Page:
Two scenarios are common. In the first of these, the Secretary General of the party is appointed campaign manager. The advantage is that he or she will be readily accepted by the party hierarchy, and can kick-start the campaign with a well-developed and well-oiled network throughout the party and across different regions of the country. But there is a danger that the Secretary General will remain bogged down with party work, and that he or she, although a competent long-term planner, will be ill-equipped to work at the pace required. A political party is slow; campaigns must be fast. Campaign management is a proper, full-time job, and the campaign manager needs time and space to carry out his work. It is therefore essential that the Secretary General’s regular duties be passed on to a colleague or a replacement for the duration of the campaign.
The second option is for the party board, assisted by the Secretary General, to choose a person with campaigning skills. The individual may be an outsider, from a PR agency or with a solid PR background. But under no circumstances should it be someone without prior experience of dealing with a political party. In any event, he or she must be capable of garnering the trust of the party’s board and middle-management (this obviously applies differently to big and small parties).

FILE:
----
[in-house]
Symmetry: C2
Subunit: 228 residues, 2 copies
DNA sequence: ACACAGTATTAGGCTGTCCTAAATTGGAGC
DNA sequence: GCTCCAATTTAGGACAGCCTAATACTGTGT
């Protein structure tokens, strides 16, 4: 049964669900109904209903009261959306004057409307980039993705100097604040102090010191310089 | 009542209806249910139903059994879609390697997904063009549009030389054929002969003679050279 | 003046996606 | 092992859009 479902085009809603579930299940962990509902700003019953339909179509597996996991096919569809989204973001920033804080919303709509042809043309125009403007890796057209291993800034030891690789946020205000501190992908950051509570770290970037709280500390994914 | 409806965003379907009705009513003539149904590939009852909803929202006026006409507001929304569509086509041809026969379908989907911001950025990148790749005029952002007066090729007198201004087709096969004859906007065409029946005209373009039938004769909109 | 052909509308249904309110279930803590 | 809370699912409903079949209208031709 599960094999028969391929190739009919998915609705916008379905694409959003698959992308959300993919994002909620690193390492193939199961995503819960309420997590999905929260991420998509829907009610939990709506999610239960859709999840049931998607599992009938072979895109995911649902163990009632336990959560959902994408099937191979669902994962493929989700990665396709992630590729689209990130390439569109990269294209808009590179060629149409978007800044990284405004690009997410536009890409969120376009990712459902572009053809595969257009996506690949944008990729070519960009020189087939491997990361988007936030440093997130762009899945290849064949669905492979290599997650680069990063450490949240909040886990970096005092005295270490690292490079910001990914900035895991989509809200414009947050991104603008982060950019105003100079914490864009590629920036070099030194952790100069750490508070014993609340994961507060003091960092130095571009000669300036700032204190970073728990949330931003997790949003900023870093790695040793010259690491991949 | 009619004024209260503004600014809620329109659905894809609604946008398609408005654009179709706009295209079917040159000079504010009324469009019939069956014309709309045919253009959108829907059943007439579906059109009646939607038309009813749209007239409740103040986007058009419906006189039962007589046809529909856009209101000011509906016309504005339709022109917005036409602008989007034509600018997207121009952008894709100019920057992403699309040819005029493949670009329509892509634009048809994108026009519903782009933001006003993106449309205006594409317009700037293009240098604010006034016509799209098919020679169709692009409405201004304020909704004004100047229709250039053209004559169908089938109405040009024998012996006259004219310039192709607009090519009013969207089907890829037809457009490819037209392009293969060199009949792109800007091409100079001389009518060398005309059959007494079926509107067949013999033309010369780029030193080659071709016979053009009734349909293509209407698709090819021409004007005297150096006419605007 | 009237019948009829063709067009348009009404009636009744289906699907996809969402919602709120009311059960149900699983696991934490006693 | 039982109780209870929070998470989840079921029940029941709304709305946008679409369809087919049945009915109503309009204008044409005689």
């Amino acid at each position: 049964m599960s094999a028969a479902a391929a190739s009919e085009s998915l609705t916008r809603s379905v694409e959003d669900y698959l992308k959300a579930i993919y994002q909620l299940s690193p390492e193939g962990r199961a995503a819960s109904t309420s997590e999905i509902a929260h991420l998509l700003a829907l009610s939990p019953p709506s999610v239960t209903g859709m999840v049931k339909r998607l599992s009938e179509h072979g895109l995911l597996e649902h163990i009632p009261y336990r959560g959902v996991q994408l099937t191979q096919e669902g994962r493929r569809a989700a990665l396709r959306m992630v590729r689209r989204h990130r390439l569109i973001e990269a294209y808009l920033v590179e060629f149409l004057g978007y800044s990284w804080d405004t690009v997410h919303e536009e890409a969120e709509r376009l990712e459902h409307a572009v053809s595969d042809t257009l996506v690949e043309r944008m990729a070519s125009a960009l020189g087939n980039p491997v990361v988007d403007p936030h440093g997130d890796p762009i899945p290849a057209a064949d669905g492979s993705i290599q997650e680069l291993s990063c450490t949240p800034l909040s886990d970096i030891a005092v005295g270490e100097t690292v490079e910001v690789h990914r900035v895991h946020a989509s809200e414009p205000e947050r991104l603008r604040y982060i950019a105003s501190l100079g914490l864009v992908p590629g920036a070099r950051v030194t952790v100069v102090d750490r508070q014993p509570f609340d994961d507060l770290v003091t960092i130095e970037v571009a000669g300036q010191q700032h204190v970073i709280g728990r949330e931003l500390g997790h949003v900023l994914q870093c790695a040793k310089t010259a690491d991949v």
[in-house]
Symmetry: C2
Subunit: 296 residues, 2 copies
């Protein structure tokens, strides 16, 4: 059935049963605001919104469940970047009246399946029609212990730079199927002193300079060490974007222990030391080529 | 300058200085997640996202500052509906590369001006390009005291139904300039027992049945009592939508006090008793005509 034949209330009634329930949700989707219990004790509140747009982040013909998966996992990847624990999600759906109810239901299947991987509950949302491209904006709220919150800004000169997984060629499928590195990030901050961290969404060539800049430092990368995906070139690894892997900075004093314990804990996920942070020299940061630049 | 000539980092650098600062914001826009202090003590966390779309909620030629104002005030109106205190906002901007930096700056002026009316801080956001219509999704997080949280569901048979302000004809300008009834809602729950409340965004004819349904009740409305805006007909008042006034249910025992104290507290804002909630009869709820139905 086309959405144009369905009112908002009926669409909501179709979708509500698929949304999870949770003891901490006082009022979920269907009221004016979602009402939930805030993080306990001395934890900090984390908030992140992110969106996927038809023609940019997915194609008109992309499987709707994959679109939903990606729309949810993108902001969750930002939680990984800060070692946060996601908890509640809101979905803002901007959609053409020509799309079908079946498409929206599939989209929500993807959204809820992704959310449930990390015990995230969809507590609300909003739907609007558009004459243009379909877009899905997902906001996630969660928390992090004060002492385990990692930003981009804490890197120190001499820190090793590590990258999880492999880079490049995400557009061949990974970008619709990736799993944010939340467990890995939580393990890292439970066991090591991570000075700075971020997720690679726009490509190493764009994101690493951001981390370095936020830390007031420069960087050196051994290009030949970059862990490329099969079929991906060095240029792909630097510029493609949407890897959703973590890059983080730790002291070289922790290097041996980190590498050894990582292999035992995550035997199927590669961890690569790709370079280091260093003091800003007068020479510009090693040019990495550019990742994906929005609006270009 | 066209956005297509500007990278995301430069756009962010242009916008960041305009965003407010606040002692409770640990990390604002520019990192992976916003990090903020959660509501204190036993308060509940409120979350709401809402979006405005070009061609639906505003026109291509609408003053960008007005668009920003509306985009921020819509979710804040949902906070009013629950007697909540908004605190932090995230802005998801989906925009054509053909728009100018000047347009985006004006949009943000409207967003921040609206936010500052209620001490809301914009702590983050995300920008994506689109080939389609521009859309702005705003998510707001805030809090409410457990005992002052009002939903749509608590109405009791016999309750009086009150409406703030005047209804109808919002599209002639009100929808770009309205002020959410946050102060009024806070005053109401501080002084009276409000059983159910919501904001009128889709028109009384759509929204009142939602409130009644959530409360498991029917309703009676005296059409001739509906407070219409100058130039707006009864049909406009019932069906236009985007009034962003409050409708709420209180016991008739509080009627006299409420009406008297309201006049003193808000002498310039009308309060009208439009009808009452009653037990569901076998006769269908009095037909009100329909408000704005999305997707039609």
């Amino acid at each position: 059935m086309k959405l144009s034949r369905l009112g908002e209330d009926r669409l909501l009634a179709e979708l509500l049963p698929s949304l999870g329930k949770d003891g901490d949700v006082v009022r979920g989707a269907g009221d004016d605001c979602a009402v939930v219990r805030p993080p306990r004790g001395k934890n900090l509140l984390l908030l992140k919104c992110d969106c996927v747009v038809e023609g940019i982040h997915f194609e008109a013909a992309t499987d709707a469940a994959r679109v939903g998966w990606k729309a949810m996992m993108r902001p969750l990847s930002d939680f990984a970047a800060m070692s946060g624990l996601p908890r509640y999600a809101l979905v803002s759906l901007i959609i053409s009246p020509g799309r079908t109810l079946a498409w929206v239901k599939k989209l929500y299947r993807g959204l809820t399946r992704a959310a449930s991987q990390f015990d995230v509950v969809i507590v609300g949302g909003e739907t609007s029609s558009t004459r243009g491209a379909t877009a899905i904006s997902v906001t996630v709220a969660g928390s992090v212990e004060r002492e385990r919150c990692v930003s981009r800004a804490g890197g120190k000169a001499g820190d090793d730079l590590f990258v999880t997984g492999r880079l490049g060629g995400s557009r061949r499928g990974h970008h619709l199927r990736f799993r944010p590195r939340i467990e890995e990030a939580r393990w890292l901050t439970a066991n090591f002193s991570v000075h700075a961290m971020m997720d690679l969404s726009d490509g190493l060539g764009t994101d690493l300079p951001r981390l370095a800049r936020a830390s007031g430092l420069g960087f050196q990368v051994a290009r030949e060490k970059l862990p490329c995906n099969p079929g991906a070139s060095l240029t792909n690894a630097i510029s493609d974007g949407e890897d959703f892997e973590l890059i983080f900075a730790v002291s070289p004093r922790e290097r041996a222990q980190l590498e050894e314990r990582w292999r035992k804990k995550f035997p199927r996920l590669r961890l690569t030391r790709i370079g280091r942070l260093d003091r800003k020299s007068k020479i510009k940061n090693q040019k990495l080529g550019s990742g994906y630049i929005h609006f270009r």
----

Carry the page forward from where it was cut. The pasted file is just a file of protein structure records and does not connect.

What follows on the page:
Whoever she is or wherever he comes from, there are qualities that the campaign manager must always demonstrate: project management skills, PR knowledge, a political instinct, and absolute loyalty. Of course, given the nature of the tasks ahead, the campaign manager must be thick-skinned, stress-resistant, calm under pressure (which is likely to be constant), a good motivator, and an excellent team player.
A campaign team full of technocrats, no matter how talented or quick-witted, will rarely deliver. A creative person, therefore, can only be good news for the campaign. This could be someone from within the party, or an external but experienced public relations manager with close links to the party (the latter is a particularly good alternative for smaller parties).